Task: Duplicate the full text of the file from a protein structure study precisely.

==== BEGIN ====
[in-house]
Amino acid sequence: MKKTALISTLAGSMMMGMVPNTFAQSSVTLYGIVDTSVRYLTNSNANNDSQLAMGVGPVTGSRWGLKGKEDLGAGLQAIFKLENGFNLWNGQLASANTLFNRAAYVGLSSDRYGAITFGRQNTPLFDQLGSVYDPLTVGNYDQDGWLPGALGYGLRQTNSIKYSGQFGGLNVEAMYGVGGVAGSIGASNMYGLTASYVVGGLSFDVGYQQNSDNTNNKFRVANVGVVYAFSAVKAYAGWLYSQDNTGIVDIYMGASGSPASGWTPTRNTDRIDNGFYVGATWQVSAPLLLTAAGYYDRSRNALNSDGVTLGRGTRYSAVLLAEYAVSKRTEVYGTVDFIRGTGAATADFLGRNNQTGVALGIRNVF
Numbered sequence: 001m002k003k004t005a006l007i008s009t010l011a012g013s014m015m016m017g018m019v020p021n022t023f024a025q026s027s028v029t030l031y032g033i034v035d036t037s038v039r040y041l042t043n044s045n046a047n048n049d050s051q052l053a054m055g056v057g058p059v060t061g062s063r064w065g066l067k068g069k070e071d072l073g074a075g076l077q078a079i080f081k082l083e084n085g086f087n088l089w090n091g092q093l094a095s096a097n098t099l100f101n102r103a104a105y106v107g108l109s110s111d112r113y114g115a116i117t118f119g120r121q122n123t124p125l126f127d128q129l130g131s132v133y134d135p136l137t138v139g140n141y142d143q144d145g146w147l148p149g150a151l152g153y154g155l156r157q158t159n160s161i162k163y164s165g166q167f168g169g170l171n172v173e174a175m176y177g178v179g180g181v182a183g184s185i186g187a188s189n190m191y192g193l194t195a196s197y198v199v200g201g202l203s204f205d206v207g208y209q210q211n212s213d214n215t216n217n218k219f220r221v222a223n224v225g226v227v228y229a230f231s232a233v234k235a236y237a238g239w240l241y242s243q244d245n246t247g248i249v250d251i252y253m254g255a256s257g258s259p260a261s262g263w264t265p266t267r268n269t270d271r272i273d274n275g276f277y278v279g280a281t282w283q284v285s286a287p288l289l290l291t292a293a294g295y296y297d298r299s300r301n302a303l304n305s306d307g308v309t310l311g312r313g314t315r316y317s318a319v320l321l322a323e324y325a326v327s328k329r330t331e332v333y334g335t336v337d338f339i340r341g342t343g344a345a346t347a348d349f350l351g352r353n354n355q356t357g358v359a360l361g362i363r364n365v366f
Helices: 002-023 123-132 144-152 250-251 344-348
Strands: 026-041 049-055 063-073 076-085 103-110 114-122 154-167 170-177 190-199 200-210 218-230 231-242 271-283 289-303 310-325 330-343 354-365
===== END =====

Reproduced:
[in-house]
Amino acid sequence: MKKTALISTLAGSMMMGMVPNTFAQSSVTLYGIVDTSVRYLTNSNANNDSQLAMGVGPVTGSRWGLKGKEDLGAGLQAIFKLENGFNLWNGQLASANTLFNRAAYVGLSSDRYGAITFGRQNTPLFDQLGSVYDPLTVGNYDQDGWLPGALGYGLRQTNSIKYSGQFGGLNVEAMYGVGGVAGSIGASNMYGLTASYVVGGLSFDVGYQQNSDNTNNKFRVANVGVVYAFSAVKAYAGWLYSQDNTGIVDIYMGASGSPASGWTPTRNTDRIDNGFYVGATWQVSAPLLLTAAGYYDRSRNALNSDGVTLGRGTRYSAVLLAEYAVSKRTEVYGTVDFIRGTGAATADFLGRNNQTGVALGIRNVF
Numbered sequence: 001m002k003k004t005a006l007i008s009t010l011a012g013s014m015m016m017g018m019v020p021n022t023f024a025q026s027s028v029t030l031y032g033i034v035d036t037s038v039r040y041l042t043n044s045n046a047n048n049d050s051q052l053a054m055g056v057g058p059v060t061g062s063r064w065g066l067k068g069k070e071d072l073g074a075g076l077q078a079i080f081k082l083e084n085g086f087n088l089w090n091g092q093l094a095s096a097n098t099l100f101n102r103a104a105y106v107g108l109s110s111d112r113y114g115a116i117t118f119g120r121q122n123t124p125l126f127d128q129l130g131s132v133y134d135p136l137t138v139g140n141y142d143q144d145g146w147l148p149g150a151l152g153y154g155l156r157q158t159n160s161i162k163y164s165g166q167f168g169g170l171n172v173e174a175m176y177g178v179g180g181v182a183g184s185i186g187a188s189n190m191y192g193l194t195a196s197y198v199v200g201g202l203s204f205d206v207g208y209q210q211n212s213d214n215t216n217n218k219f220r221v222a223n224v225g226v227v228y229a230f231s232a233v234k235a236y237a238g239w240l241y242s243q244d245n246t247g248i249v250d251i252y253m254g255a256s257g258s259p260a261s262g263w264t265p266t267r268n269t270d271r272i273d274n275g276f277y278v279g280a281t282w283q284v285s286a287p288l289l290l291t292a293a294g295y296y297d298r299s300r301n302a303l304n305s306d307g308v309t310l311g312r313g314t315r316y317s318a319v320l321l322a323e324y325a326v327s328k329r330t331e332v333y334g335t336v337d338f339i340r341g342t343g344a345a346t347a348d349f350l351g352r353n354n355q356t357g358v359a360l361g362i363r364n365v366f
Helices: 002-023 123-132 144-152 250-251 344-348
Strands: 026-041 049-055 063-073 076-085 103-110 114-122 154-167 170-177 190-199 200-210 218-230 231-242 271-283 289-303 310-325 330-343 354-365